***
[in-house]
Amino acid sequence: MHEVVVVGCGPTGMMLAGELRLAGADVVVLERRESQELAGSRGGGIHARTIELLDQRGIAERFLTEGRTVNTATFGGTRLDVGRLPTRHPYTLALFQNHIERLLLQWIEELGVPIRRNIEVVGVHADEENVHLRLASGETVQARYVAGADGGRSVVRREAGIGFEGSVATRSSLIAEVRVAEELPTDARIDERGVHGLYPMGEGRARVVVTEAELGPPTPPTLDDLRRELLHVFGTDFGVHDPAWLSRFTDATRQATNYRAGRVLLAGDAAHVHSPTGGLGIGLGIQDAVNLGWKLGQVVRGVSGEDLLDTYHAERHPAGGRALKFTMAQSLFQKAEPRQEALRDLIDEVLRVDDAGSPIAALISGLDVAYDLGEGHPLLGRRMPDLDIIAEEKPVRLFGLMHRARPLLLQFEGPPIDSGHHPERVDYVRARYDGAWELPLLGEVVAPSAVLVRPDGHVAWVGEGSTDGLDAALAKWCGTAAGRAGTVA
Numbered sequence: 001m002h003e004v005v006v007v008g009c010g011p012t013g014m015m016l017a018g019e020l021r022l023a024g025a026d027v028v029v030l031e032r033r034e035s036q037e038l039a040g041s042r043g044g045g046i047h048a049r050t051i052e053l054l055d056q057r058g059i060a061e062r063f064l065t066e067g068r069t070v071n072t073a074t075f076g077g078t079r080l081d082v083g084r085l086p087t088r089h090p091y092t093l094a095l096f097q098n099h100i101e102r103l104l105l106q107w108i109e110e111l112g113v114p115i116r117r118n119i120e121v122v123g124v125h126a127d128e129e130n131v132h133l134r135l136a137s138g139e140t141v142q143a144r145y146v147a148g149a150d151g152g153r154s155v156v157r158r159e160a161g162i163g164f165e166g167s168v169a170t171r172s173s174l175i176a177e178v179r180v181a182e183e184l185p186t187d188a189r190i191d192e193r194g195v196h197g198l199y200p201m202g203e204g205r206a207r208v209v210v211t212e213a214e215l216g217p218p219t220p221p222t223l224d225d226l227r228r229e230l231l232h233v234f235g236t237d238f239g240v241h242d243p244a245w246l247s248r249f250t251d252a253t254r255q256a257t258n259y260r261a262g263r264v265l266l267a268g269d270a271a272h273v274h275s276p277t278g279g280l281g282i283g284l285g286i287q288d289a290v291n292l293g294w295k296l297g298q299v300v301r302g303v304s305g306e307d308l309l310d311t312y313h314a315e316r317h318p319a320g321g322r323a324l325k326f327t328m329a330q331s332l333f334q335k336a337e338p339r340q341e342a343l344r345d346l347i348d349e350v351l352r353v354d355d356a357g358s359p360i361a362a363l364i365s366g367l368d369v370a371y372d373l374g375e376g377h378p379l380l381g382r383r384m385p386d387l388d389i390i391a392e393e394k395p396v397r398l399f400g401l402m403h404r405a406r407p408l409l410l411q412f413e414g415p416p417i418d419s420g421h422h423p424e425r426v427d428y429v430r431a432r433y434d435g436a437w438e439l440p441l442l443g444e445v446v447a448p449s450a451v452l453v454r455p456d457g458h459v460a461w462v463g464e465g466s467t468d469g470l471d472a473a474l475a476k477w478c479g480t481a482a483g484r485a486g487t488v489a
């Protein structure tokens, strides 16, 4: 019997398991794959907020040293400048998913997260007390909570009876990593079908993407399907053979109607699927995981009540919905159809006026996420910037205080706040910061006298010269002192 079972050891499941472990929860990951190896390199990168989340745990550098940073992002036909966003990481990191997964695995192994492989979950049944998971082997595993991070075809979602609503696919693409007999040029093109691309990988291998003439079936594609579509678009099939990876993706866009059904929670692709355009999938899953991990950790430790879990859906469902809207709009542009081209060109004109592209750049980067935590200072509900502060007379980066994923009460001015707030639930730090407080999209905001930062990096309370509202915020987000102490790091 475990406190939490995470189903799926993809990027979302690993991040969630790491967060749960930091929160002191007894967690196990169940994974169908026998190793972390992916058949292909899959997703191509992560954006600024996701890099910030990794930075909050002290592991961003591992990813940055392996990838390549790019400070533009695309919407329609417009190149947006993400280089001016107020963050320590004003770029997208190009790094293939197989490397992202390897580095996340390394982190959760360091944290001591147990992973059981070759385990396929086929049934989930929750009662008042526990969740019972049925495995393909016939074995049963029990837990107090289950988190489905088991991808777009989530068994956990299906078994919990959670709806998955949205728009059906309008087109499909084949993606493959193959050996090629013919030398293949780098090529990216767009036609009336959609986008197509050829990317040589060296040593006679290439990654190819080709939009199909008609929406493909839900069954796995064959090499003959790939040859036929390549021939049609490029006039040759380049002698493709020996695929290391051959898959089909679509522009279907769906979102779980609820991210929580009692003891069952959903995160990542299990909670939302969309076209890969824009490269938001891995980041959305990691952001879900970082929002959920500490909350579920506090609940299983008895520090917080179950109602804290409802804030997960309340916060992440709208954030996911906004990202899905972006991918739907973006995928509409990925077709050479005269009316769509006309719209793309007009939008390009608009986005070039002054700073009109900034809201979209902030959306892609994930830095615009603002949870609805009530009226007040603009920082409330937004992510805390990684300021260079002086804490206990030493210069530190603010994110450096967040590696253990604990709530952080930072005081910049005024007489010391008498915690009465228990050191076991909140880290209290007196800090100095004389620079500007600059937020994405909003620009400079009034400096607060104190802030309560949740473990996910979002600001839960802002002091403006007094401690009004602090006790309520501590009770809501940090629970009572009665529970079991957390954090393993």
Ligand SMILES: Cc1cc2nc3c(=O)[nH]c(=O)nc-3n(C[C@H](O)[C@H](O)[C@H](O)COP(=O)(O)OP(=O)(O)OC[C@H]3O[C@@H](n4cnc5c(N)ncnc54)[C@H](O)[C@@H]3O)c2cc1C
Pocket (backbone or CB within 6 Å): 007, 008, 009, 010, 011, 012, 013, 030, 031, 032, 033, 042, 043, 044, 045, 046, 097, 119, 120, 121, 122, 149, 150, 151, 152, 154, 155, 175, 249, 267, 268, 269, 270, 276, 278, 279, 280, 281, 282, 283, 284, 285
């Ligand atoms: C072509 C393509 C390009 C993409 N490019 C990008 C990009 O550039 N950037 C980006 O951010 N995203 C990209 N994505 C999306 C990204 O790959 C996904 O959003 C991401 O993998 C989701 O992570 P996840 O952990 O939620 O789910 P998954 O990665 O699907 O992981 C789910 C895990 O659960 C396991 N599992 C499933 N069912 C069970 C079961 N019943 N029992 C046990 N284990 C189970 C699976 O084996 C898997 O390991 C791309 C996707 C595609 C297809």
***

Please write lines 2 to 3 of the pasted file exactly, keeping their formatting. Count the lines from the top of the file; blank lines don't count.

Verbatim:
Amino acid sequence: MHEVVVVGCGPTGMMLAGELRLAGADVVVLERRESQELAGSRGGGIHARTIELLDQRGIAERFLTEGRTVNTATFGGTRLDVGRLPTRHPYTLALFQNHIERLLLQWIEELGVPIRRNIEVVGVHADEENVHLRLASGETVQARYVAGADGGRSVVRREAGIGFEGSVATRSSLIAEVRVAEELPTDARIDERGVHGLYPMGEGRARVVVTEAELGPPTPPTLDDLRRELLHVFGTDFGVHDPAWLSRFTDATRQATNYRAGRVLLAGDAAHVHSPTGGLGIGLGIQDAVNLGWKLGQVVRGVSGEDLLDTYHAERHPAGGRALKFTMAQSLFQKAEPRQEALRDLIDEVLRVDDAGSPIAALISGLDVAYDLGEGHPLLGRRMPDLDIIAEEKPVRLFGLMHRARPLLLQFEGPPIDSGHHPERVDYVRARYDGAWELPLLGEVVAPSAVLVRPDGHVAWVGEGSTDGLDAALAKWCGTAAGRAGTVA
Numbered sequence: 001m002h003e004v005v006v007v008g009c010g011p012t013g014m015m016l017a018g019e020l021r022l023a024g025a026d027v028v029v030l031e032r033r034e035s036q037e038l039a040g041s042r043g044g045g046i047h048a049r050t051i052e053l054l055d056q057r058g059i060a061e062r063f064l065t066e067g068r069t070v071n072t073a074t075f076g077g078t079r080l081d082v083g084r085l086p087t088r089h090p091y092t093l094a095l096f097q098n099h100i101e102r103l104l105l106q107w108i109e110e111l112g113v114p115i116r117r118n119i120e121v122v123g124v125h126a127d128e129e130n131v132h133l134r135l136a137s138g139e140t141v142q143a144r145y146v147a148g149a150d151g152g153r154s155v156v157r158r159e160a161g162i163g164f165e166g167s168v169a170t171r172s173s174l175i176a177e178v179r180v181a182e183e184l185p186t187d188a189r190i191d192e193r194g195v196h197g198l199y200p201m202g203e204g205r206a207r208v209v210v211t212e213a214e215l216g217p218p219t220p221p222t223l224d225d226l227r228r229e230l231l232h233v234f235g236t237d238f239g240v241h242d243p244a245w246l247s248r249f250t251d252a253t254r255q256a257t258n259y260r261a262g263r264v265l266l267a268g269d270a271a272h273v274h275s276p277t278g279g280l281g282i283g284l285g286i287q288d289a290v291n292l293g294w295k296l297g298q299v300v301r302g303v304s305g306e307d308l309l310d311t312y313h314a315e316r317h318p319a320g321g322r323a324l325k326f327t328m329a330q331s332l333f334q335k336a337e338p339r340q341e342a343l344r345d346l347i348d349e350v351l352r353v354d355d356a357g358s359p360i361a362a363l364i365s366g367l368d369v370a371y372d373l374g375e376g377h378p379l380l381g382r383r384m385p386d387l388d389i390i391a392e393e394k395p396v397r398l399f400g401l402m403h404r405a406r407p408l409l410l411q412f413e414g415p416p417i418d419s420g421h422h423p424e425r426v427d428y429v430r431a432r433y434d435g436a437w438e439l440p441l442l443g444e445v446v447a448p449s450a451v452l453v454r455p456d457g458h459v460a461w462v463g464e465g466s467t468d469g470l471d472a473a474l475a476k477w478c479g480t481a482a483g484r485a486g487t488v489a